To express the relationship between American consumer dominance and Australian emergence into such a realm, Dawe uses the metaphor of a mother and child. The mother is emotionally distant from the child. She is able to spout of self indulgent notions of identity that have been carved out of Madison Avenue brand of consumerism such as "I think young, I think big, therefore I am." She is unable to emotionally connect with her child except for when the child engages with her toys. All of these are American name brand items like soft drinks, hot dogs, and chewing gum.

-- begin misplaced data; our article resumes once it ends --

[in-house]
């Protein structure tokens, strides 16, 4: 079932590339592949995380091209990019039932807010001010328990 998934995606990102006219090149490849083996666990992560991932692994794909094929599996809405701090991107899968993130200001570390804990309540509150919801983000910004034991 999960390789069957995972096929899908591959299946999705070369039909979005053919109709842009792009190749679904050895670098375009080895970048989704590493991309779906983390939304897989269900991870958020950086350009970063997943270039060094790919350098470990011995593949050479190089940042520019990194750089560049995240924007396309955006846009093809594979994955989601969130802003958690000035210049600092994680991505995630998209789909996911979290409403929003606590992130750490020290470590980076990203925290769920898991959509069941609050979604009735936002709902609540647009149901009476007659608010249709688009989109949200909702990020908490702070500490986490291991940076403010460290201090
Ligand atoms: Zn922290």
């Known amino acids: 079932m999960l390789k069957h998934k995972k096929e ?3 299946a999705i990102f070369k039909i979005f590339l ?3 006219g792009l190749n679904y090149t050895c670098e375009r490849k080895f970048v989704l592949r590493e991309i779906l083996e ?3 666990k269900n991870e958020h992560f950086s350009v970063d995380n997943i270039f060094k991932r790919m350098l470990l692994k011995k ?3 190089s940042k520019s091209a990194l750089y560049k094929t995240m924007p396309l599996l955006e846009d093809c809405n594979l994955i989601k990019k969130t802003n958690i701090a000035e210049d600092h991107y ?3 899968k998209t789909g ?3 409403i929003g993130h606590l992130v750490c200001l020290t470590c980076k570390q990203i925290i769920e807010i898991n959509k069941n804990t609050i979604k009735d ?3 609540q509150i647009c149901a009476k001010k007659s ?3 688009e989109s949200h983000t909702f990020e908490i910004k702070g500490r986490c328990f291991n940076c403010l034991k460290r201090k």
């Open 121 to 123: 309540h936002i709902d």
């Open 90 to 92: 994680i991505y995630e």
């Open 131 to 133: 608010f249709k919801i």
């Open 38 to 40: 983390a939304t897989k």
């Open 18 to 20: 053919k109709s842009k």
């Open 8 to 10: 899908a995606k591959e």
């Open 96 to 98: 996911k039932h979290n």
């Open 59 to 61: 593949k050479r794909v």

The Australian identity in this relationship is the child. The child is shown to be emotionally adrift in the poem, "a vague passing spasm of loss." The emotional estrangement compels it to see any attention, even a consumerist manufactured one, is better than no attention. For the child, being able to embrace what the mother does is almost a tradition being passed down. There is something jarring about how this is a passing of the consumerist torch from one generation to another, with nothing emotional remaining. It is in this light where the metaphor of mother and child serves to heighten Dawe's critique of American consumerism on Australia.